Multiple sclerosis treatment options
Multiple sclerosis (MS) causes damage to the sheath that surrounds and protects nerve fibers in your central nervous system. This inflammation can affect your vision, balance and muscle movement, and cause tingling feelings, weakness and loss of coordination. It can also lead to bowel or bladder problems and memory loss. Medicine and rehabilitation can help manage your symptoms and maintain function.
The cause of MS is not known, but genes increase your risk for the disease. Certain environmental factors may also contribute to your risk. There is no way to prevent MS, but lifestyle changes may improve your quality of life and reduce your symptoms.
Your doctor will carry out a physical and neurological examination, ask about your symptoms and look at your medical history to decide whether you have MS. There is no single test to confirm a diagnosis. In some cases, your doctor will order a magnetic resonance imaging (MRI) scan to show whether you have lesions or scarring in the brain and spinal cord.
An MRI is an imaging technique that uses a computer to take pictures of the brain and spinal cord. It can show if there is scarring in the sheath that surrounds your nerve fibres, called myelin. The scarring is sometimes referred to as plaques or lesions. These can interfere with the messages that travel along your nerves. The interruptions can make them slow down, jumble or send them the wrong message, or stop them getting through completely. The scarring can also permanently damage nerves.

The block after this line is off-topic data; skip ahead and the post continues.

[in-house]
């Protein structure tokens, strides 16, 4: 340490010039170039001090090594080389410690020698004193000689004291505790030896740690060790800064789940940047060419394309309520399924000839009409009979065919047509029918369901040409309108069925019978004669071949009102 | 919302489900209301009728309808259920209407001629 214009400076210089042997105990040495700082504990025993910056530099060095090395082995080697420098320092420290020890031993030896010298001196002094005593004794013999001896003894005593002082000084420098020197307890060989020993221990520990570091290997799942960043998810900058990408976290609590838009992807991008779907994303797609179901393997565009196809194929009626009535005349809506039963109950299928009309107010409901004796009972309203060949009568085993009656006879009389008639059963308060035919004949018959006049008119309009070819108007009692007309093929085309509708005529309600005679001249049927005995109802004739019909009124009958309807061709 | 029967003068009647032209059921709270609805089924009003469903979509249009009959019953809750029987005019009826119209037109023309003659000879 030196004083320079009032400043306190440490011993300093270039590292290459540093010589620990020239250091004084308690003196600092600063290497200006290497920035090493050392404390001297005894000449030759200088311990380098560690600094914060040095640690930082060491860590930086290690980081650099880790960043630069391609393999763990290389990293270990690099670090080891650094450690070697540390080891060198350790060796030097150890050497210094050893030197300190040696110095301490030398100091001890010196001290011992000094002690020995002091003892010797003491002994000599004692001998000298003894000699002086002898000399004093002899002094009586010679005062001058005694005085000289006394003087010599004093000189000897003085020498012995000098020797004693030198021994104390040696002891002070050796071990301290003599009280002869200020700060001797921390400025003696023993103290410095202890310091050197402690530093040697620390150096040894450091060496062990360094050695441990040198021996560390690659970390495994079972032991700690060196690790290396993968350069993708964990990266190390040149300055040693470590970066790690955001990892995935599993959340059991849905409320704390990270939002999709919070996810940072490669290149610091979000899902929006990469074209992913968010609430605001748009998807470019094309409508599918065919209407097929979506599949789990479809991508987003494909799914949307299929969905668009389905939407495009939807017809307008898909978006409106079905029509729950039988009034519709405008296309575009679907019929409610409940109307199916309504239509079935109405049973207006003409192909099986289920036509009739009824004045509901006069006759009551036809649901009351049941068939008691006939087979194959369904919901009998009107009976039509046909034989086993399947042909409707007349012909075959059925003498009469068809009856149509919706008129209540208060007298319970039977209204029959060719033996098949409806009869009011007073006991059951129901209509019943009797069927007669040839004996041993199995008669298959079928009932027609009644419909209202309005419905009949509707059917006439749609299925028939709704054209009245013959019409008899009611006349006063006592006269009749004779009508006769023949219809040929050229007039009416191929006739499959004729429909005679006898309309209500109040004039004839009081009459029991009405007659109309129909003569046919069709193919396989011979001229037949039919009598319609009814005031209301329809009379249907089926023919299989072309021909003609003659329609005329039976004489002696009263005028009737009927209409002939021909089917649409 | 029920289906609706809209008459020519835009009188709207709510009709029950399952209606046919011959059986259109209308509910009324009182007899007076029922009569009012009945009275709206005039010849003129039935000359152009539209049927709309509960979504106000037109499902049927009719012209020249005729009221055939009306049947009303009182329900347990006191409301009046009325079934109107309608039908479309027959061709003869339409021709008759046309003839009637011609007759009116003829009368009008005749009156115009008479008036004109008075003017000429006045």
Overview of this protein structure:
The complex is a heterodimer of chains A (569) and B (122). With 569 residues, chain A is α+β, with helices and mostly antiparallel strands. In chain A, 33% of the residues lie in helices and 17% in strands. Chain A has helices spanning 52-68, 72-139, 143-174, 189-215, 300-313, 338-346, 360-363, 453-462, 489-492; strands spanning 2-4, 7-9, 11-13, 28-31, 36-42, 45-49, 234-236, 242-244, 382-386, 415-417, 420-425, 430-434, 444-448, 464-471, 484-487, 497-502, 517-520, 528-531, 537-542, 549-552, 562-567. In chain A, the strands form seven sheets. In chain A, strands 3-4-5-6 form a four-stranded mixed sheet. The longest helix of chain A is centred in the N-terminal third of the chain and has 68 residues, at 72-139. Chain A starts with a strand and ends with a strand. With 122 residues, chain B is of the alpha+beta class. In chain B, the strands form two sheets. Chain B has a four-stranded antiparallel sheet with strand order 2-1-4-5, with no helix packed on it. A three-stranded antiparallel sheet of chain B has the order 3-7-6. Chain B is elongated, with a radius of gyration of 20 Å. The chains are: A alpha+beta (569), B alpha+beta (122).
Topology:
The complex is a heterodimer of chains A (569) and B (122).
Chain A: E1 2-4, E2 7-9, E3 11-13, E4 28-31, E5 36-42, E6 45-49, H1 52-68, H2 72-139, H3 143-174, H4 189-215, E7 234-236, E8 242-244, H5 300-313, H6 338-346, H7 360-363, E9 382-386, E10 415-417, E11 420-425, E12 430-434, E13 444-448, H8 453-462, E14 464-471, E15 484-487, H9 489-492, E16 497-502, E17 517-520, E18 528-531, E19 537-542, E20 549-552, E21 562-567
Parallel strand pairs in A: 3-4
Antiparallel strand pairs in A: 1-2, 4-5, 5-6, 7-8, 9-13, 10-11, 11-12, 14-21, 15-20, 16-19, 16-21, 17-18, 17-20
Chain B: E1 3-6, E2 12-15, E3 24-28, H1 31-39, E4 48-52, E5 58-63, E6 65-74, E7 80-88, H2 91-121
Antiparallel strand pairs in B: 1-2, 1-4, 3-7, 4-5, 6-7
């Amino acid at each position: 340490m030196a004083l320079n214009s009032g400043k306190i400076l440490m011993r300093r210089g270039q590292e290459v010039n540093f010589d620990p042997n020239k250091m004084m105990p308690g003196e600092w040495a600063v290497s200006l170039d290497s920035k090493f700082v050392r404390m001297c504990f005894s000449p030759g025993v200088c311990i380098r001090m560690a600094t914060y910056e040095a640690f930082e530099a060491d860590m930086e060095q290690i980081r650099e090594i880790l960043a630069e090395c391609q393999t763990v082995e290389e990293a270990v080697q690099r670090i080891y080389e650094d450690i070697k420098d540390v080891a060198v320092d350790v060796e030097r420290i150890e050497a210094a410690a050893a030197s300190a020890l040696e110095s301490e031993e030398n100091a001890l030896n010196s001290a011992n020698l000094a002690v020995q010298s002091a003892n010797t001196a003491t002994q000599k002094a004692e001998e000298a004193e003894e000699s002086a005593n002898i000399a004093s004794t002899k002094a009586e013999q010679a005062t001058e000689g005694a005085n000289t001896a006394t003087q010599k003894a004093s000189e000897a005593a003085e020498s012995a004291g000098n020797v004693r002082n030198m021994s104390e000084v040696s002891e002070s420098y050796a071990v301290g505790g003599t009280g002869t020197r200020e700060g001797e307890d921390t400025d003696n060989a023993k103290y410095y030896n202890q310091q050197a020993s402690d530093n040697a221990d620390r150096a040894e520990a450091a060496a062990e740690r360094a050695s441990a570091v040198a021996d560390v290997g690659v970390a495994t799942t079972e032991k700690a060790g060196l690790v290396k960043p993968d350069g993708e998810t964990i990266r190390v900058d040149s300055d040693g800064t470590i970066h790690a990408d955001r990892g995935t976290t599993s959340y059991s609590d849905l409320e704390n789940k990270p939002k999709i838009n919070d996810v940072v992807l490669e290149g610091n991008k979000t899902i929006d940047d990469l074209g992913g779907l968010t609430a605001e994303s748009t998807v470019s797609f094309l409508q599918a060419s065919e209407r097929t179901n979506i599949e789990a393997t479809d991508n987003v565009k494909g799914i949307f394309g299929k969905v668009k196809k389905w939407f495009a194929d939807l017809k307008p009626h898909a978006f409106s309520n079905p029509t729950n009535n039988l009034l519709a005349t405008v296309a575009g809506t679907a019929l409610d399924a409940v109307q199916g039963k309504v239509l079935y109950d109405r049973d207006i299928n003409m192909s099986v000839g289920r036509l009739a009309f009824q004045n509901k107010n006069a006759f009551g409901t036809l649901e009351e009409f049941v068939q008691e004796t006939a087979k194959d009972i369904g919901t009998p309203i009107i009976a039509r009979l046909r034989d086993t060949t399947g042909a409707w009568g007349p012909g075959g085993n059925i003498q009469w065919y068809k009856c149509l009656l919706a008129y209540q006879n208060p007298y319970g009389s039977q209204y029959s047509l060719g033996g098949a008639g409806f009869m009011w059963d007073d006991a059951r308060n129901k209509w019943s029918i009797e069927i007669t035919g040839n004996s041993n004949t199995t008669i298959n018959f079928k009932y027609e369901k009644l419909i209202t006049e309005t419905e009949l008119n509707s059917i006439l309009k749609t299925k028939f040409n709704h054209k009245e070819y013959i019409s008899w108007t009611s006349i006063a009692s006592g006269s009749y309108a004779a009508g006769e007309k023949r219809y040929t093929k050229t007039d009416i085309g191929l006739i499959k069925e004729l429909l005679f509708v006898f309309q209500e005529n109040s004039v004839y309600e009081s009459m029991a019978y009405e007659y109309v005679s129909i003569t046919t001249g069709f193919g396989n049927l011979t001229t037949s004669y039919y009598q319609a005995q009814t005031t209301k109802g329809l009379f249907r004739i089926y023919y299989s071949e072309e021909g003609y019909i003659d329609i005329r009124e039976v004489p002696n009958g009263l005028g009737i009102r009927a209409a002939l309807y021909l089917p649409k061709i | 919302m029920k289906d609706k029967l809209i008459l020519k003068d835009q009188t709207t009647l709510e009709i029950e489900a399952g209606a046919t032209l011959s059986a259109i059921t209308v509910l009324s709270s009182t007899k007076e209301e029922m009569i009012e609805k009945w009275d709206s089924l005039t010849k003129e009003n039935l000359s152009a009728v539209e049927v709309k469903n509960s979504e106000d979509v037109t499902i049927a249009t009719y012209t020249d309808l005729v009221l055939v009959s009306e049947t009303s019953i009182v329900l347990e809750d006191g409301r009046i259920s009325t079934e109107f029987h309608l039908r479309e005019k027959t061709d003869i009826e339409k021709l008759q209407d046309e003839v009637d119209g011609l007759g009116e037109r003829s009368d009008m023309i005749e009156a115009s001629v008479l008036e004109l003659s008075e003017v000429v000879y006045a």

Symptoms of MS can be unpredictable and vary from one person to another. Your doctor will diagnose you if you have 2 attacks that last at least 24 hours and more than 1 area of myelin damage in different parts of the central nervous system (the brain, optic nerves, spinal cord or cerebellum). Your doctor will also need to rule out other conditions that can cause the same symptoms.
It is more common for women than men to get MS. This may be because hormones affect how your immune system responds. Other factors that can increase your risk of developing MS include being born closer to the equator, having a family member with MS and having low Vitamin D levels.
There is no single trigger for MS, and it is not clear what makes your immune system attack healthy nerve cells. There is also no known way to prevent it, but research is ongoing to develop methods to predict who will get the disease and identify possible triggers. This might be useful for developing preventative therapies, although these would need to be tested in clinical trials before they could be used to treat people who already have the disease.